Where does my money go?

When donating money to local charities, where does it really go?

Here is an example of where the Brampton Animal Shelter’s Hope Fund donations go;


















These two little kittens were found in the parking lot at Trinity Common shopping mall.  One with a ruptured eye and the other with an extreme congenital defect of the same eye. Due to the severity of these conditions both needed to have one eye removed. This is where the Hope Fund comes into play. Helping hundreds of stray, abandoned and abused animals yearly get the medical attention they require.

This little brother and sister will be coming up for adoption this week at our facility, Snelgrove Veterinary Services in Brampton.

So to all of you Hope Fund donors out there, thank you  so much from the very bottom of these two little kitten’s hearts 🙂

The month of October was National Pit Bull Awareness Month.

What does that mean?

Just like any “Awareness Month” it is educating and helping people to become more knowledgeable of something important.  It could be Breast Cancer, Multiple Sclerosis, Diabetes, Leukemia, the list goes on and on. All of these things are important, BUT, if one has never experienced a family member or close friend battling one of these horrible diseases, we become oblivious to what goes on around us. We become focused on our own busy lives.

 Awareness Months bring forth the truth about what goes on around us. In hopes that we will participate and help with a worthy cause. It could be volunteering at a function, a 10km walk, support through donations or driving someone who needs treatments. Once gone the distance we no longer need to be reminded by a “month”. We have now incorporated that with our daily living. Never forgetting what that “Awareness” stands for and doing what we can to support a cause.

 I have been blessed by owning two wonderful Pit Bulls, Nikki New and Andy. Both my Pit Bulls were rescues.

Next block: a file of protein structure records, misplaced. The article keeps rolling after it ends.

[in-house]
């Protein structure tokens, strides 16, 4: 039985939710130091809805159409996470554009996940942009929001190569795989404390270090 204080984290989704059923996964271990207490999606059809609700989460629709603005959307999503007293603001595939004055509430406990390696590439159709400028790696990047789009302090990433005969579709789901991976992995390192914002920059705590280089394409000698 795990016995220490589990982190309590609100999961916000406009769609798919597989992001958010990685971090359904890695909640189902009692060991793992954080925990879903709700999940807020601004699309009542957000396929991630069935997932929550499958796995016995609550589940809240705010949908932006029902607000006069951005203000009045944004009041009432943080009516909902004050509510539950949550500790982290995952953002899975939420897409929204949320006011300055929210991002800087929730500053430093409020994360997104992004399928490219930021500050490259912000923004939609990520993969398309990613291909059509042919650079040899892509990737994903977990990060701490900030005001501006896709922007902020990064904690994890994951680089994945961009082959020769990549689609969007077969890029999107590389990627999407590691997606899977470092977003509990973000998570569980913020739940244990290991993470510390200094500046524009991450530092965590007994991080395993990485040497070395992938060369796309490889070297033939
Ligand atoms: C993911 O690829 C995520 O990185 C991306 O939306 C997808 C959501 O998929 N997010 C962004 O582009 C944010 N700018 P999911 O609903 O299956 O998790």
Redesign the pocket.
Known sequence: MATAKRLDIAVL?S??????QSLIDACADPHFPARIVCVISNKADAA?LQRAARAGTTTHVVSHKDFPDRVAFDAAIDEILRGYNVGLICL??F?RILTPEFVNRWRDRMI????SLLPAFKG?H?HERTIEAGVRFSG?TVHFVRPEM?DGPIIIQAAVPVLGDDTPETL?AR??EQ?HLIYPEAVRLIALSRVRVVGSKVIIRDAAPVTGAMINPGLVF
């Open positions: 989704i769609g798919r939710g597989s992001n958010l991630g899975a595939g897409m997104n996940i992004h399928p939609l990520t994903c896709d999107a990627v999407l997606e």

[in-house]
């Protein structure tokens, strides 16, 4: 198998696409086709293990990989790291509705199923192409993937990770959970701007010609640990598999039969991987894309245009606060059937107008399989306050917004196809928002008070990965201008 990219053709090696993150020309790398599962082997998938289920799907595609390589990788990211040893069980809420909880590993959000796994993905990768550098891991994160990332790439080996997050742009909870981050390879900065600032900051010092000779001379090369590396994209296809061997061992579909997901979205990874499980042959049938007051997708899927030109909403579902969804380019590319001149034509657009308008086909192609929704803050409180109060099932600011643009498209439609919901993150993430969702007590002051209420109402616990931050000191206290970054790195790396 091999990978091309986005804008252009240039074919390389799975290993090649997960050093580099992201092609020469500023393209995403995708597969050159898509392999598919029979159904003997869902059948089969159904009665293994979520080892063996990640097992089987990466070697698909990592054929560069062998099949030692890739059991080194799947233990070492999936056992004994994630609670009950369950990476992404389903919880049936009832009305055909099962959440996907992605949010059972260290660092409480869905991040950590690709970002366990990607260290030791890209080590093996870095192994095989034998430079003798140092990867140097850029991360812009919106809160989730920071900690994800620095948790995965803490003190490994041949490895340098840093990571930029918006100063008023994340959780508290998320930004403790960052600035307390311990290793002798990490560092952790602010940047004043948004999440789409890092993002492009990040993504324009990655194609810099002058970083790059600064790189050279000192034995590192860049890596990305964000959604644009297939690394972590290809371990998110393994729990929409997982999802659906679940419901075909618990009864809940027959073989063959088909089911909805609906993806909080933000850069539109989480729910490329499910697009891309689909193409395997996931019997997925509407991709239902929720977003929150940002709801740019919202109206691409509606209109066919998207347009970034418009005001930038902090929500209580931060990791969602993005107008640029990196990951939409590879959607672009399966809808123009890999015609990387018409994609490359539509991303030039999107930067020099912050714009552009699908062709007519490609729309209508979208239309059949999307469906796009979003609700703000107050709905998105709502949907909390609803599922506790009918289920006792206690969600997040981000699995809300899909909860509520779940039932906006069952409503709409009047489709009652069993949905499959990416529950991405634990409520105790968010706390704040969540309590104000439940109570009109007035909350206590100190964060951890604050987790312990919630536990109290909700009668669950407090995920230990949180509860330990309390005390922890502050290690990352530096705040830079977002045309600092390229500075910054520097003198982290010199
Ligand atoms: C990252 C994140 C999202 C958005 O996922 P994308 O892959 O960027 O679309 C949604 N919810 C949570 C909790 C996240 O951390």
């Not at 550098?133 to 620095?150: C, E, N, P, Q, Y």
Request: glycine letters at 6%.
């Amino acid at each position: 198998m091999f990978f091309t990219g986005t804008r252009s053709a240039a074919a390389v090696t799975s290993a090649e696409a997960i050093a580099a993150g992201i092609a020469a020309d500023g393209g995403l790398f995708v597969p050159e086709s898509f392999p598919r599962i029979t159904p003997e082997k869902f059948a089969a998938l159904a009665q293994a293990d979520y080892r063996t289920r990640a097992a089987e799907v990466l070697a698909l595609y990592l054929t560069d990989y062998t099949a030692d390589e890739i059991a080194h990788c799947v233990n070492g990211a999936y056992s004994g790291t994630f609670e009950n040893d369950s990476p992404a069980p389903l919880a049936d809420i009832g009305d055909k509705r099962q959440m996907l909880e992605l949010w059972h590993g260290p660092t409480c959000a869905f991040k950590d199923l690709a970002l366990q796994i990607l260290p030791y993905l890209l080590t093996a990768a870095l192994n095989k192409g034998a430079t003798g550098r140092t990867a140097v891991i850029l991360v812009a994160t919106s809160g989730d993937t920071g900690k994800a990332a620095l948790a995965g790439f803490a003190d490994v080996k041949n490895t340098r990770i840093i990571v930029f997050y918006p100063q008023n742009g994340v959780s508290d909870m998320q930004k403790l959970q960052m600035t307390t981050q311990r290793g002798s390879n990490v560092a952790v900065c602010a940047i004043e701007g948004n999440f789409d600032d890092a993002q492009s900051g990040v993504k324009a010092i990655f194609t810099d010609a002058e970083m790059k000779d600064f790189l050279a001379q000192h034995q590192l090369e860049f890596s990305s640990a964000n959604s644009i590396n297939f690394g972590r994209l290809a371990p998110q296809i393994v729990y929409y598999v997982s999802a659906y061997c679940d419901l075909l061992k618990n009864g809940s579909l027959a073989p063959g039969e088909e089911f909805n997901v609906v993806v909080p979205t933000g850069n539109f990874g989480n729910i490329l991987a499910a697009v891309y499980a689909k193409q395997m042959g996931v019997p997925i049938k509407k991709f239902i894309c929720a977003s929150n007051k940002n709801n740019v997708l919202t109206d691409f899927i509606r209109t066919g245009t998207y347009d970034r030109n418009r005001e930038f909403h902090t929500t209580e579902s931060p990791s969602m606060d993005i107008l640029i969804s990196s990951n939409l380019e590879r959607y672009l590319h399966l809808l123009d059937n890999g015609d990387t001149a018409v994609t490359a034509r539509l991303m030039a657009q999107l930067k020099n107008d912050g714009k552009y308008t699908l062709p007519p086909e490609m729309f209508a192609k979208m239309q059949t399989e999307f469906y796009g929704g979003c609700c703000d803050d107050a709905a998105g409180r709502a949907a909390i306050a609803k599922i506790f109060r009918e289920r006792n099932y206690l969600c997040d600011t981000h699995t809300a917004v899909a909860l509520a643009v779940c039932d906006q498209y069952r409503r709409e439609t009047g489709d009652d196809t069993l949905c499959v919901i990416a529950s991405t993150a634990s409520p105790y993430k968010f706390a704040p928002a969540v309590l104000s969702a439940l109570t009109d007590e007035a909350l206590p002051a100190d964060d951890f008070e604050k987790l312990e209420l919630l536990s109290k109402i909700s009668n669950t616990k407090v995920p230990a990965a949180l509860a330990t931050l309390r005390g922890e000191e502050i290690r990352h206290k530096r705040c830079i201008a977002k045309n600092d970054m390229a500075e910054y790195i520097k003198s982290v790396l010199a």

Nikki New was found in a plastic garbage bag in a dumpster in the middle of February. She was a 7 week old puppy. Yes, disgusting!!! She was brought to Snelgrove Veterinary Services by one of our technicians. When I met Nikki New, she was surprisingly happy, healthy and adorable, of course. She was placed in a special area called Isolation, at the clinic, as we knew nothing about her and did not want to spread any disease. Isolation is just what it sounds like. All by yourself. I passed the doorway several times that day looking in at her. Her little face would pop up looking so cute at me from behind the bars.  I could hear her tail wagging as it hit the side of the cage wall. At closing time, I went in to say good night. Again that cute little face peering at me from behind the bars. She had been quiet all day not uttering a complaint. “Oh dear, such a long night for a little abandoned puppy to stay all alone” I whispered to her. I got a blanket, wrapped her up, jumped into my car, plopped her on my lap and drove home. I was greeted by my husband and my two-year old Border Collie cross named Alex. Before my husband could say anything I quickly said “no worries just fostering”.

All pet lovers know what that means. Lol.

Alex and Nikki New fell in love as soon as they met. Alex decided right away to be Nikki New’s mother. Alex and Nikki New were the best of friends. Playing together and sharing the bed. So that was that.

I now had two dogs.